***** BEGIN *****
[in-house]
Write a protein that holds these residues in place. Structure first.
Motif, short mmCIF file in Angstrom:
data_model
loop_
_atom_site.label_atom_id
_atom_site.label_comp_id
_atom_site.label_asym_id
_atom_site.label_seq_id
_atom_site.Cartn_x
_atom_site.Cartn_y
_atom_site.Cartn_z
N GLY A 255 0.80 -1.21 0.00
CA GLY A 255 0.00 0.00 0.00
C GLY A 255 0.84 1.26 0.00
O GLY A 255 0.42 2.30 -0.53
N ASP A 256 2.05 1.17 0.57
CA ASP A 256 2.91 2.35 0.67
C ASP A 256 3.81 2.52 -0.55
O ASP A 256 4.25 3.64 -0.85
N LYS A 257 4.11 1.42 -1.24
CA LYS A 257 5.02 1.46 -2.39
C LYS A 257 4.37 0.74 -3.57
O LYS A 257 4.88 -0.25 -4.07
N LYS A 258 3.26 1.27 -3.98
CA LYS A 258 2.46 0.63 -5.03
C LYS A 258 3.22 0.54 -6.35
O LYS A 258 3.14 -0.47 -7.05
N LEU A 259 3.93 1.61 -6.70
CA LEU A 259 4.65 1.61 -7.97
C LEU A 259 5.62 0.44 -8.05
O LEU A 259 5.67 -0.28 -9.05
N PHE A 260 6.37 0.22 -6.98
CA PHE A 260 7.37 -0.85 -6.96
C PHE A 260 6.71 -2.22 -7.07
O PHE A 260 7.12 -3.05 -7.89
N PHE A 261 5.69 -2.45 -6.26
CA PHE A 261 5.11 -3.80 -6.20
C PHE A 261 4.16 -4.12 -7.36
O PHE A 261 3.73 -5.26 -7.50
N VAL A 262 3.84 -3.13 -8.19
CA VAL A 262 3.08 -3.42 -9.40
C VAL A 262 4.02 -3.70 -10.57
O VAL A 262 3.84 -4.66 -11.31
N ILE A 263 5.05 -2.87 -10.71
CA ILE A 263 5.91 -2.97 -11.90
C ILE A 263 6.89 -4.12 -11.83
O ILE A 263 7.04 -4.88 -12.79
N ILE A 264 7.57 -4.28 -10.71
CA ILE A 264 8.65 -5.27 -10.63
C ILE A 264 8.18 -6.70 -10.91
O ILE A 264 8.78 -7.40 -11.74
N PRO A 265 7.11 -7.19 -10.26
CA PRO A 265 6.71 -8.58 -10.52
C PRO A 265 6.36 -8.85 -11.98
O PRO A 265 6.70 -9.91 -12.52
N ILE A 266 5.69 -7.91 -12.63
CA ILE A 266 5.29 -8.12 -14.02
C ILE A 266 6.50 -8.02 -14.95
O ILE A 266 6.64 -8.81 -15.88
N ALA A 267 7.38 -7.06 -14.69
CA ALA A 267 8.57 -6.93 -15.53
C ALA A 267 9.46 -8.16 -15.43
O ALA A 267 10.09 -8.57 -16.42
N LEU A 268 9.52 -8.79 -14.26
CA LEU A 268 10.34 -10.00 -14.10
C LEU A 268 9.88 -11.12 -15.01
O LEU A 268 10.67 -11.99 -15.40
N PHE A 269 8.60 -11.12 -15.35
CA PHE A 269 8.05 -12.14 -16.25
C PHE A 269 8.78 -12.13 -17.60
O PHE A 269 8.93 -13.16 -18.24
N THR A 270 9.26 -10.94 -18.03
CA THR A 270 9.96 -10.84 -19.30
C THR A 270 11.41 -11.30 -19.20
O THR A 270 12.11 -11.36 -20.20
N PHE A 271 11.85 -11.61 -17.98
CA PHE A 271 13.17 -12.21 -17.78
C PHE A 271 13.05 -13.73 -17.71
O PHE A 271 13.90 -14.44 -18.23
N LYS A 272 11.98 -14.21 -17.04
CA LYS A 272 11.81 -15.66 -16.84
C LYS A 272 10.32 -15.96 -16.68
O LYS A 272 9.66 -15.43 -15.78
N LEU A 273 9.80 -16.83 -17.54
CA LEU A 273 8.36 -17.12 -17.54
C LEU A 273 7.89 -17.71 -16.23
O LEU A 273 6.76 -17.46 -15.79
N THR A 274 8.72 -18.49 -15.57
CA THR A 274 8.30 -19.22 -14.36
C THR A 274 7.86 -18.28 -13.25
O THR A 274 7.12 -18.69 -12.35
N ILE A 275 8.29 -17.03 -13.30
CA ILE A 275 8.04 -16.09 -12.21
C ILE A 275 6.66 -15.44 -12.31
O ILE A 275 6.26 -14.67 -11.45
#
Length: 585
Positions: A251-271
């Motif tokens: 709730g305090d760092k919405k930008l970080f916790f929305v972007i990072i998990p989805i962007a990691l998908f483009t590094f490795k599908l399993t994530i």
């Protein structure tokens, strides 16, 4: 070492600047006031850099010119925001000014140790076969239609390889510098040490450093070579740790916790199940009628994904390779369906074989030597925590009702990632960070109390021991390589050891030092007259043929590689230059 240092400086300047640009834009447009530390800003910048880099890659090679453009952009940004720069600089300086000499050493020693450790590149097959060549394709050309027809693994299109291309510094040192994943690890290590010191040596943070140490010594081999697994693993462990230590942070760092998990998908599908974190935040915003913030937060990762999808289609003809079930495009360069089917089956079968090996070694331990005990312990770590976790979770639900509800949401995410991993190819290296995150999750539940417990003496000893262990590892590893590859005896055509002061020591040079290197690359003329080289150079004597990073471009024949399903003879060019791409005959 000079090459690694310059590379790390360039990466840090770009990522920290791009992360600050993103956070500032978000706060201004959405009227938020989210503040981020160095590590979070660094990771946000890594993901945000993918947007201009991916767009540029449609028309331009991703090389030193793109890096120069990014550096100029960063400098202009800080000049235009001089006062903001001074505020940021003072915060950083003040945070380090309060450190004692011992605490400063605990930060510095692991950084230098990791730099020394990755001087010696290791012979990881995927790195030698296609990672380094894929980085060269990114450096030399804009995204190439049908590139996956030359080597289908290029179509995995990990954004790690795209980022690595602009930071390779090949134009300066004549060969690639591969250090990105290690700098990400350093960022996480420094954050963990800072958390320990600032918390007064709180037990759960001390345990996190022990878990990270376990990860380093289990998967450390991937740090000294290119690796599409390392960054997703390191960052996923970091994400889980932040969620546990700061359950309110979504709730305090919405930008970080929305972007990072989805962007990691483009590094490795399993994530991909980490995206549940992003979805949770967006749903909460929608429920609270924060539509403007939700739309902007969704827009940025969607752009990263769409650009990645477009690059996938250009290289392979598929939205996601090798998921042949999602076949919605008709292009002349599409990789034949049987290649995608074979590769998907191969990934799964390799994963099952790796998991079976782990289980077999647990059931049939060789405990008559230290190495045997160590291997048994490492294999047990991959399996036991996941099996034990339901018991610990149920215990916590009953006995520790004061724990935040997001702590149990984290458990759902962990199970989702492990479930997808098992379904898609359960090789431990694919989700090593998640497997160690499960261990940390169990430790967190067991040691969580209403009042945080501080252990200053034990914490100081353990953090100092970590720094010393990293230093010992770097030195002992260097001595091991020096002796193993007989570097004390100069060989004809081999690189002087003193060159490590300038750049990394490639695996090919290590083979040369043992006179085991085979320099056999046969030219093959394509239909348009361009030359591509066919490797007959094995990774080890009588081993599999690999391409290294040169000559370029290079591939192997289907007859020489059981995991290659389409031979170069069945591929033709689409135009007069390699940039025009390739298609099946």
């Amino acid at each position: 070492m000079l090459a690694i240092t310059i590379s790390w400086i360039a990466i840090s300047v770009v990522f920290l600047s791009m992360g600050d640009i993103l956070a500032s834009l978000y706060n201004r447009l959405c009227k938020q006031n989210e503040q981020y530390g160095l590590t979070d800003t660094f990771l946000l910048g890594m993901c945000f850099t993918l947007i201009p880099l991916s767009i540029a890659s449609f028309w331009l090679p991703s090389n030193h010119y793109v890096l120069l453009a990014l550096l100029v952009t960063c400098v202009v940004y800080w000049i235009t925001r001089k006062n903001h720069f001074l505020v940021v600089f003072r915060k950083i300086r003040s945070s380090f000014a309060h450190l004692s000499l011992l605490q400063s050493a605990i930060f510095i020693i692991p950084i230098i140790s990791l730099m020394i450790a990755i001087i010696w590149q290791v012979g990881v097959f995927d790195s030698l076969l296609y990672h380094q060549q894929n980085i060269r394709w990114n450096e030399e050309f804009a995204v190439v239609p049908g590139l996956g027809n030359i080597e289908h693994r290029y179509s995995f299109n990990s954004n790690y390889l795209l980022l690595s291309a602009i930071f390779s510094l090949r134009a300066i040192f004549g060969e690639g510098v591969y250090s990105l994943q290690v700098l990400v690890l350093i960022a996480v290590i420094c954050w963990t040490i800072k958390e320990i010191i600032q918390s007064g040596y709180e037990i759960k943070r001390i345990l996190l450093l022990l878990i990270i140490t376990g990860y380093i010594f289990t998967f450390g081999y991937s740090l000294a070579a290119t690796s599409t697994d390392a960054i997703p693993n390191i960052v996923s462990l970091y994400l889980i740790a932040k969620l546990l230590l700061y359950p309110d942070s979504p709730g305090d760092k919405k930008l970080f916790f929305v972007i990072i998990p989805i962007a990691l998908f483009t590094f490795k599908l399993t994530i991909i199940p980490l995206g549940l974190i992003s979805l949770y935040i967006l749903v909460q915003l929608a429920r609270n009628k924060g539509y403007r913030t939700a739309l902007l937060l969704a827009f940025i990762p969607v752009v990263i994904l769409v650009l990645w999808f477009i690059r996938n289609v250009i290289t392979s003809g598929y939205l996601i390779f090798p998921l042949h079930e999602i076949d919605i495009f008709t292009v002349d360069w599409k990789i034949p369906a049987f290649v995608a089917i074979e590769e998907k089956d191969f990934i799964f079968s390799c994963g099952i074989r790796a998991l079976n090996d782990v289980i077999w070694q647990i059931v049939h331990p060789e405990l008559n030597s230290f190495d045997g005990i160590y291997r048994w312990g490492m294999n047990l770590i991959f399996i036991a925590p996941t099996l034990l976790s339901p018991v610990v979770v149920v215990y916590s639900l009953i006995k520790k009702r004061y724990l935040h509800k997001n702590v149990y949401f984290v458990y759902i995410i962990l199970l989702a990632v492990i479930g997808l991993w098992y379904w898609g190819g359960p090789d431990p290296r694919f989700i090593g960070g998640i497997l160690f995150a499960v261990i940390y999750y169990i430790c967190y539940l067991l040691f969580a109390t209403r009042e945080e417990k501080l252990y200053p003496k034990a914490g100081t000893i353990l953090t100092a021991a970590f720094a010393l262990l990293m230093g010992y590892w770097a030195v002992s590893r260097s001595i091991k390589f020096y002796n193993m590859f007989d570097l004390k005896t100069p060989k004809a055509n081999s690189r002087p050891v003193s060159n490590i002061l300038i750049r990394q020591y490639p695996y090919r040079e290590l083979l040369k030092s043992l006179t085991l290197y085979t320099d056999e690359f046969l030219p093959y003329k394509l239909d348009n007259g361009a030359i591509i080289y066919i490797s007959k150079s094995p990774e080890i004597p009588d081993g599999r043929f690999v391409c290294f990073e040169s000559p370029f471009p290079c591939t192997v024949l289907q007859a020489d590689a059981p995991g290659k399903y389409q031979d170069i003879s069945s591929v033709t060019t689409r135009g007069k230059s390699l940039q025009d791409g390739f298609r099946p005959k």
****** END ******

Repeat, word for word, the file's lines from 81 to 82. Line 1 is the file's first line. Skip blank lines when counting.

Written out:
N LYS A 272 11.98 -14.21 -17.04
CA LYS A 272 11.81 -15.66 -16.84